2. It can reduce enthusiasm/motivation. If you make your end goal "green smoothie every morning" well, by month six the very thought of a green smoothie may want to make you want to hurl and go back to donuts. Eating healthy (or even eating healthy in the morning) is a better goal that will allow you to keep trying new things to keep yourself going. Maybe you switch to plain yogurt with fruit or chia seed pudding or a scrambled egg / spinach wrap.
  3. It's way less agile. One of my Project Ivy goals was DO MORE MAGIC. And this, unlike my exercise goal is a real goal because that's exactly the end result I wanted (a life filled with magic and more kinds of magic). At the start of the project I had some tasks lined up for this goal. By the end of the year, I realized that I did almost none of those tasks... but I still met my goal. How? Because Gordon launched his membership option and I have been up to my ears in all kinds of magic ever since. If I made my goal "finish this specific course or work through this one book" I might not have jumped on the new opportunity when I had it. It's easy to think "well, I set this goal and need to have the will power to stick with it" when that's not really the goal at all! This is super important in our very chaos-driven, unknown-unknowns kind of environment.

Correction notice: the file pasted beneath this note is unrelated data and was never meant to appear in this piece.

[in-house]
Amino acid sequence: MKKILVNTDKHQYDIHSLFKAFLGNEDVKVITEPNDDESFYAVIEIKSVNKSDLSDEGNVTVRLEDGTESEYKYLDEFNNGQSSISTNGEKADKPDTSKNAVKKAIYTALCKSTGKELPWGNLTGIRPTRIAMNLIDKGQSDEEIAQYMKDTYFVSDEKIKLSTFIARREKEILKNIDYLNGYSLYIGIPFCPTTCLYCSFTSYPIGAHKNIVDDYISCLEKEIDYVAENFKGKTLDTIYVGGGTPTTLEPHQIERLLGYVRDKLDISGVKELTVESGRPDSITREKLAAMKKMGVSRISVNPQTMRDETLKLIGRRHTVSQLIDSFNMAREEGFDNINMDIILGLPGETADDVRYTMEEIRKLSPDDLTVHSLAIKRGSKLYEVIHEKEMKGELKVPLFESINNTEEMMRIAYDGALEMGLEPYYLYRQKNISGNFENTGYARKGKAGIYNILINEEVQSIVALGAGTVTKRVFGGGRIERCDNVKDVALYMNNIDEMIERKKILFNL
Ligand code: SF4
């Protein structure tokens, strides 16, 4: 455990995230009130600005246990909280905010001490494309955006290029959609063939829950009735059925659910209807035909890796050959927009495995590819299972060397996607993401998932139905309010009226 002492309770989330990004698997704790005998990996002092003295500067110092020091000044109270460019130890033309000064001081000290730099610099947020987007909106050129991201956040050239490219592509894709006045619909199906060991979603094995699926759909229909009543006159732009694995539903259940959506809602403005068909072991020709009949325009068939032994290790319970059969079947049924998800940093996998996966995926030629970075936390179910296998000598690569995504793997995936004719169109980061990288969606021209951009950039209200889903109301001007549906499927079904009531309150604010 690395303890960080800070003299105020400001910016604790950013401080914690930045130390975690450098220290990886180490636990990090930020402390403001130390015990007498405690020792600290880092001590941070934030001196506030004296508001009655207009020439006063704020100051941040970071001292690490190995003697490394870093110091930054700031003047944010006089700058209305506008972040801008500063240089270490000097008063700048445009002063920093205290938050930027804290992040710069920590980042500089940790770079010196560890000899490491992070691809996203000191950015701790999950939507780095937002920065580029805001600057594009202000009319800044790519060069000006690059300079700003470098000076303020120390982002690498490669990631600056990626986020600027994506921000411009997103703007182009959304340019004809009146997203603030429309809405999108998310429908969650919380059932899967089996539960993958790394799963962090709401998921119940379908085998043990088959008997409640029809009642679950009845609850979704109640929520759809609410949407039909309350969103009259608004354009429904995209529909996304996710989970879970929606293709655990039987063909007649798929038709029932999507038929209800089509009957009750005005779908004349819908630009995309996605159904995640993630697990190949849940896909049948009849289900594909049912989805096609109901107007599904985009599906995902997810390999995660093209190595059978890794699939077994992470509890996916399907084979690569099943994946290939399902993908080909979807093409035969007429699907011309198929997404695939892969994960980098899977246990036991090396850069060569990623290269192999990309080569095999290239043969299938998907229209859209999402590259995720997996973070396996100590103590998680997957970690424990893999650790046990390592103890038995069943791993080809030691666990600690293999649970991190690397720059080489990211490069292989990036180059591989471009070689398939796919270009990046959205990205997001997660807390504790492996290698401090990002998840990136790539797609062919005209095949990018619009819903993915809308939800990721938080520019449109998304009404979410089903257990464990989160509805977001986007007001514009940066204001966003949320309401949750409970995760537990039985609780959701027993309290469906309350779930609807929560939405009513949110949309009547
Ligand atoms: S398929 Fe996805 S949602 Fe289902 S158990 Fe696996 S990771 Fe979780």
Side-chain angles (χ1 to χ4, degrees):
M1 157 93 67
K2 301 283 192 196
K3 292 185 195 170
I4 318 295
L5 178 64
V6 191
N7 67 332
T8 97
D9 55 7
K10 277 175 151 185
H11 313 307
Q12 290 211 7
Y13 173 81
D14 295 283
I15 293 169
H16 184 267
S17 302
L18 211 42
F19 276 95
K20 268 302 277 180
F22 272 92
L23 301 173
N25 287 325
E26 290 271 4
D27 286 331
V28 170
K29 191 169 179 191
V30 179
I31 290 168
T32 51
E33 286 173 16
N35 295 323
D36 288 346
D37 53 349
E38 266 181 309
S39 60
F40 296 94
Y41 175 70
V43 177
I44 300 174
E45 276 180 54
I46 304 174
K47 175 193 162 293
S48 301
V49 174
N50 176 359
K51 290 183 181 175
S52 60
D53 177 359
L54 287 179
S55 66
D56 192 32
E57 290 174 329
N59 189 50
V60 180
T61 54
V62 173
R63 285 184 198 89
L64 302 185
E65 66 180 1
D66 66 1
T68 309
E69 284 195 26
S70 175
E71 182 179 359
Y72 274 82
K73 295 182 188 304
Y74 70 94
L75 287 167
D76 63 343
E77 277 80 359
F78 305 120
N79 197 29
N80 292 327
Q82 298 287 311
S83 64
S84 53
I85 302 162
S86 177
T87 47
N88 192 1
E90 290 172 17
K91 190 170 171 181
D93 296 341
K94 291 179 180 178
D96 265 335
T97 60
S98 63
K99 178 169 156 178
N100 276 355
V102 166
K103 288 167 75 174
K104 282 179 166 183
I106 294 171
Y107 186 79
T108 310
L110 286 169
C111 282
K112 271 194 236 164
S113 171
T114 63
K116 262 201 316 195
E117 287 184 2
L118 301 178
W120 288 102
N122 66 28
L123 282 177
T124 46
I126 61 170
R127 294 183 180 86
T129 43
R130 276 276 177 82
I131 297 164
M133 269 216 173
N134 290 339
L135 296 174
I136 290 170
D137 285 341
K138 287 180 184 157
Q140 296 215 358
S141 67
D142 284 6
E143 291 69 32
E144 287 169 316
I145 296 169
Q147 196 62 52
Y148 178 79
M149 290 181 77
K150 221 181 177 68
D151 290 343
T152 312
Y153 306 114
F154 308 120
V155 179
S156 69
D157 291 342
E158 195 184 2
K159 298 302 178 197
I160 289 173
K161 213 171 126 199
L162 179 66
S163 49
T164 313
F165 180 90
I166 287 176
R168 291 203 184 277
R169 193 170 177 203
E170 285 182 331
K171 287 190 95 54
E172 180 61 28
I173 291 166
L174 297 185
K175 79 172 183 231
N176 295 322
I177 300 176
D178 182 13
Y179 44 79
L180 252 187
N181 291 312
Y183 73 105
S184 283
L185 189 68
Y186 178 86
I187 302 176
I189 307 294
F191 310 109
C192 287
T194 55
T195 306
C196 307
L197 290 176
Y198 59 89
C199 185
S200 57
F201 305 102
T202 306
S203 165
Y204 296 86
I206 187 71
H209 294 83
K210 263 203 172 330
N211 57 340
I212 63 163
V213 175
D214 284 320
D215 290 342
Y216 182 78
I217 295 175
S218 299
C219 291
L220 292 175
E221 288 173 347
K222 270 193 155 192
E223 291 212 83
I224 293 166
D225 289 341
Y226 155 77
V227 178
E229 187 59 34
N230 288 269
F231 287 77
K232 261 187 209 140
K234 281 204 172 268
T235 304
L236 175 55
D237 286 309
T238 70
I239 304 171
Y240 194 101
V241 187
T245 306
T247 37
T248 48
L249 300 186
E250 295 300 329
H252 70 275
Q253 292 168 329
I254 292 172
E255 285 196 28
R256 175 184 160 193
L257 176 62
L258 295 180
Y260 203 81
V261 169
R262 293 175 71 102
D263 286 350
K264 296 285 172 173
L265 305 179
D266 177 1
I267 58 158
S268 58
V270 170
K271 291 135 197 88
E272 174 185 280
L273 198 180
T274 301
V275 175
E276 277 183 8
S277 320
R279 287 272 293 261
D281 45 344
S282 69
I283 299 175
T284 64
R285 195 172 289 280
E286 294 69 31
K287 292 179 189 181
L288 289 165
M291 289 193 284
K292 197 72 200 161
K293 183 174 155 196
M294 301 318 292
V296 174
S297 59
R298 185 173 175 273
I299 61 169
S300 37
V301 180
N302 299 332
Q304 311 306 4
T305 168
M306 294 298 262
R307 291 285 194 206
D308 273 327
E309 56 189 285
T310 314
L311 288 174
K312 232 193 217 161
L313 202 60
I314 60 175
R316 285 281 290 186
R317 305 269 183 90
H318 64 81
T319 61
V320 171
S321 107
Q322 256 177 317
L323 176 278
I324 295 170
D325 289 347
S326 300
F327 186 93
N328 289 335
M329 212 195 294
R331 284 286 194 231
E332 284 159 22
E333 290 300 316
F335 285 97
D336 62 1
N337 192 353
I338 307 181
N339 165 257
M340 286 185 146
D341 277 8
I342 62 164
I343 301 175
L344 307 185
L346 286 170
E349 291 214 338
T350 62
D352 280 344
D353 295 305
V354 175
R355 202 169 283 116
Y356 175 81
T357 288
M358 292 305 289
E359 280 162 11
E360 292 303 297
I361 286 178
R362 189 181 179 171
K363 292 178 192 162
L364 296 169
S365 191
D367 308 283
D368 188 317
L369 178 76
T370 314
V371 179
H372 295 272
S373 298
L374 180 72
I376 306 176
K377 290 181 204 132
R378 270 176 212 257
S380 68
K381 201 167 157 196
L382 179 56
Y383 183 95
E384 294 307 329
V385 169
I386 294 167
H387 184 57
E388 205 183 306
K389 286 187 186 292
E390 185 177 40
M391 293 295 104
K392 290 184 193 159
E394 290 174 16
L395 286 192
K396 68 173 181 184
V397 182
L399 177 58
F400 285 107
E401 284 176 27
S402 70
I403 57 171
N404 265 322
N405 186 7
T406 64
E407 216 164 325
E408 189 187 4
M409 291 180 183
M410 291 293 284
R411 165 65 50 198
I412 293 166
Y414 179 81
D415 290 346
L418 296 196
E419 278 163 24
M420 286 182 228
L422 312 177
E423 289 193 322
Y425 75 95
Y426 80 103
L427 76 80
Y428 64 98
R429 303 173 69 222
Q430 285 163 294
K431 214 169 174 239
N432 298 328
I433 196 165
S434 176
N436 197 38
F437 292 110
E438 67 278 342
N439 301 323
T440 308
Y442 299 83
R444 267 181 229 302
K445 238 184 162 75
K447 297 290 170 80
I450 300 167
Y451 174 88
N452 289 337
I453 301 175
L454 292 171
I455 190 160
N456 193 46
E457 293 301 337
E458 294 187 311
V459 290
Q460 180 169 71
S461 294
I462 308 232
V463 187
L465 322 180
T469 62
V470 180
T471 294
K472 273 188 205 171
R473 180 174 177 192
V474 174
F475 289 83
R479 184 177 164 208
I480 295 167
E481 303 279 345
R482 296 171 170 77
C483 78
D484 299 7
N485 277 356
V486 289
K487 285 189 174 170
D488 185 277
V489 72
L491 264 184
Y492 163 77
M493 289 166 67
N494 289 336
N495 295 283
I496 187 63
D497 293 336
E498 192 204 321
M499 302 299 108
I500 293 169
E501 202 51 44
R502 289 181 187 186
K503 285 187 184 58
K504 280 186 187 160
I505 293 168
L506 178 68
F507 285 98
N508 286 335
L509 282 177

4. It limits your magic. If your goal is 100 pushups, well all you can really do is get down there and start doing 100 pushups. But if your goal is physical fitness, well you can do tons of different kinds of things to help make that happen -- including lots of magic. Sure, you have to do mundane things as well (like those pushups) but you can also petition spirits, make charms, do sigils, and so forth. You suddenly have tons of ways to leverage magic to reach your goal. If you ever feel like there no magic you can do to help you reach a goal, you may have a task on your hands instead. Because magic's not going to get your ass off the couch and on a walk (task) but it can help you end up more fit than you started. 


Second issue: mistaking goals for tasks